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  • Melanie Morris

Value the Valuable, Not the Vain (Proverbs 31:30)

Charm is deceitful, and beauty is vain, but a woman who fears the LORD is to be praised. —Proverbs 31:30

Proverbs 31 is about a noble wife, a woman who is defined by her godly character. Her hard work, her wisdom, and her character are exceptional. These verses are often used to direct Christian men about who to date and potentially marry. “Find a Proverbs 31 wife” is a common refrain.

As women, we often read these verses as aspirational—they guide our choices and picture a woman we want to emulate. When you get to verse 30, do you think about how our culture worships beauty? Do you think about charm? Do you think about yourself? Is this a verse that brings you comfort: it doesn’t matter how I look, I fear the Lord?

These reflections aren’t wrong, but I think they’re incomplete. Verse 30 isn't just about looking for a wife or being an admirable woman, it’s about how we can be easily deceived by charm and blinded by beauty.

We’re distracted by beauty, aren’t we? When a beautiful woman enters the room, we want to know her. Being around her is great. Maybe we feel prettier just being near her; maybe she'll give us make-up tips. (I’m always in need of make-up help!)

There is nothing inherently wrong with this; being beautiful isn’t a sin. Chatting about fashion tips isn’t wrong. But when we value these things such that they are what we prize in someone else, or what we prize in ourselves, it's wrong. This doesn't mean you should avoid beautiful people or feel ashamed if you are beautiful, but that beauty shouldn't be valued most of all. When we discount people who are unfashionable or unattractive, we are wrong. We are vain.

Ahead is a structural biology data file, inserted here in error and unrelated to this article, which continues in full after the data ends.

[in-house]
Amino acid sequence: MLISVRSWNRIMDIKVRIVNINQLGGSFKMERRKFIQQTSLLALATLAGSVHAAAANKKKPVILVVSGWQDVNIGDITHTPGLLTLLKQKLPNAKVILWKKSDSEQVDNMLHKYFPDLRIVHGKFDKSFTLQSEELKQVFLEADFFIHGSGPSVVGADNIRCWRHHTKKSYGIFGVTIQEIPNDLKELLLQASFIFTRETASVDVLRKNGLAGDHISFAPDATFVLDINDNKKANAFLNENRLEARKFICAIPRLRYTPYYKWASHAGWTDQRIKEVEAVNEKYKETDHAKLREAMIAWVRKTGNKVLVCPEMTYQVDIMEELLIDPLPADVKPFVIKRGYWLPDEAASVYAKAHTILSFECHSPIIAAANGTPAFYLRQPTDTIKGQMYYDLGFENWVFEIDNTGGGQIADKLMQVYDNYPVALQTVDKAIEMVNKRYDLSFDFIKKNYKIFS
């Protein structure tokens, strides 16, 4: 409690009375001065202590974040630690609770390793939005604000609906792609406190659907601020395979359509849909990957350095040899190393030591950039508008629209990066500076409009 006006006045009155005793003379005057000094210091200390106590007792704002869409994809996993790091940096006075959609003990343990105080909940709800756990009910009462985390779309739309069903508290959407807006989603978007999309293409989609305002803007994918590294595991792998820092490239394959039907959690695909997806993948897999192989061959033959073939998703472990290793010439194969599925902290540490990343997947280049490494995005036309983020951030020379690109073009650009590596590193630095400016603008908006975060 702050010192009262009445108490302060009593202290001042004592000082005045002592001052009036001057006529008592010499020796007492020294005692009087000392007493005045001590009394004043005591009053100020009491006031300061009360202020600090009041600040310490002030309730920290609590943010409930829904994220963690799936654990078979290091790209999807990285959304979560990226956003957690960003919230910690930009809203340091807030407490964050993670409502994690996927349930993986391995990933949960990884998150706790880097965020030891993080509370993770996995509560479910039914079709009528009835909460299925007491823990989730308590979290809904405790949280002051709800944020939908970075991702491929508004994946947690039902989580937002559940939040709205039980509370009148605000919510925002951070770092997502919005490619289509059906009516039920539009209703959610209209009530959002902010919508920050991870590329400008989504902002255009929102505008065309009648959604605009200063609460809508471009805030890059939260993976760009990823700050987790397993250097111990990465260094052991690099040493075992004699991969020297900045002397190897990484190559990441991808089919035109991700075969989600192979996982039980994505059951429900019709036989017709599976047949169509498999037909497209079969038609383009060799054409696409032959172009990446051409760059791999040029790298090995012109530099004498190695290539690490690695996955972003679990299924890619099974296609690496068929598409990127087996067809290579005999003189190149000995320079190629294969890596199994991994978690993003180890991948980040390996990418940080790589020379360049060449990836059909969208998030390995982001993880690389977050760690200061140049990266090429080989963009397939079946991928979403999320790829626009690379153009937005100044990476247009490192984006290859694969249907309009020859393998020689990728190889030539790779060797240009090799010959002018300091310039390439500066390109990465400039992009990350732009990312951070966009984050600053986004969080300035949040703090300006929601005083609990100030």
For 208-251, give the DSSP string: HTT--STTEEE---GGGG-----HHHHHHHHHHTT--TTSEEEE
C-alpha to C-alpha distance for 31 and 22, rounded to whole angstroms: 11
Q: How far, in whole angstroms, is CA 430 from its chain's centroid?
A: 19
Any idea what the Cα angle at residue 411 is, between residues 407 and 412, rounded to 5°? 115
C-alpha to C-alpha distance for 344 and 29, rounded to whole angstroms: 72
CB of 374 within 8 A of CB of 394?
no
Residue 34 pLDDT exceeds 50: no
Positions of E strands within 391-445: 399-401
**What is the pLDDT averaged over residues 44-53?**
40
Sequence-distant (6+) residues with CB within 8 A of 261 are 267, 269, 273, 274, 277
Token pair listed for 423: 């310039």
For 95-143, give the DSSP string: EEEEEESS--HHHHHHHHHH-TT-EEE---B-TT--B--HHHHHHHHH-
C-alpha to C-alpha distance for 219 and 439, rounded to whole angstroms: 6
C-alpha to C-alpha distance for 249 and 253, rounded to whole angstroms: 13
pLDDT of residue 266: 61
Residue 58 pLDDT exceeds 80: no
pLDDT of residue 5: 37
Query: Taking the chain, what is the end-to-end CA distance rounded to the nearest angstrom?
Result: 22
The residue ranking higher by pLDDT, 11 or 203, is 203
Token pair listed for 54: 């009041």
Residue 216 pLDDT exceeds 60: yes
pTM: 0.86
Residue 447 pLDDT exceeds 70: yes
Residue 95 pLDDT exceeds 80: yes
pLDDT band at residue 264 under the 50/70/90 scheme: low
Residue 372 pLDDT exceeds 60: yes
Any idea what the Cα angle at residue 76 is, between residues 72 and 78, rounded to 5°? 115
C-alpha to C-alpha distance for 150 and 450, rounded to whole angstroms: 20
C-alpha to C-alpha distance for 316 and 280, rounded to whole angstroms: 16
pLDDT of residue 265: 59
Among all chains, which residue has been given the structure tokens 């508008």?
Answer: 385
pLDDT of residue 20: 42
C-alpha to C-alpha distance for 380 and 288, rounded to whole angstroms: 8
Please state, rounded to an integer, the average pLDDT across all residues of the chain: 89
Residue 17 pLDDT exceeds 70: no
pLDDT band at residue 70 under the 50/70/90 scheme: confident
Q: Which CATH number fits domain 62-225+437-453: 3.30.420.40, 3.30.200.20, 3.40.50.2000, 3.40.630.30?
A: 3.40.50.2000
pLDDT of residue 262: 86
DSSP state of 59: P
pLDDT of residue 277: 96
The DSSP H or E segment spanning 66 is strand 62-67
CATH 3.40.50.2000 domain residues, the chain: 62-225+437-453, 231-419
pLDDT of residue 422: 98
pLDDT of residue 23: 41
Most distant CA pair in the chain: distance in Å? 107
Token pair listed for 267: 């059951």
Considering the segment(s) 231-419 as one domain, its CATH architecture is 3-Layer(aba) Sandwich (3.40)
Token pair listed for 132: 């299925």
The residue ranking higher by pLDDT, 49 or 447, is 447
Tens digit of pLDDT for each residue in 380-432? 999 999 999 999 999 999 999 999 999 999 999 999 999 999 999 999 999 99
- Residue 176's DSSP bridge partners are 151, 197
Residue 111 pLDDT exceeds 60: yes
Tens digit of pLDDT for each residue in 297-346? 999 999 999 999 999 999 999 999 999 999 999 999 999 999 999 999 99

Charming people are so fun to be around. They make witty jokes, they have the best compliments, they are polite and well-mannered and wonderful conversationalists. Enjoy your charming friends. Be charming yourself. But don’t be deceived by it. Don’t excuse sin from someone who is charming. Be wise. Don’t use your own charm to deceive someone, to manipulate them to your desires. Don’t value your charming friends over the awkward person, the one who never quite fits in. Believing that charming people are better, more valuable than others—that is a lie.

Are the women in your life women who encourage you to live more for Jesus? What about you, are you someone whose defining trait is that you fear the Lord? Do you spend all of your time chatting about wellness tips, fashion, and the best workout? Do you avoid awkward people?

May the thing that you value most about others, and yourself, be Jesus. May you point everyone around you to the Creator of the universe. May your love for His people, regardless of their beauty or charm, be what defines you. May your fear of Him be on display, the praiseworthy result of His work in your life.


For Reflection

  1. What do you value most in yourself, in other people? Do you value beauty and charm too much? Do you undervalue godliness?

  2. Have you ever been deceived by charm or a charming person? Have you ever manipulated someone with charm?

  3. Is there someone you’ve discounted because they are awkward or unattractive? What can you do to value that person this week?

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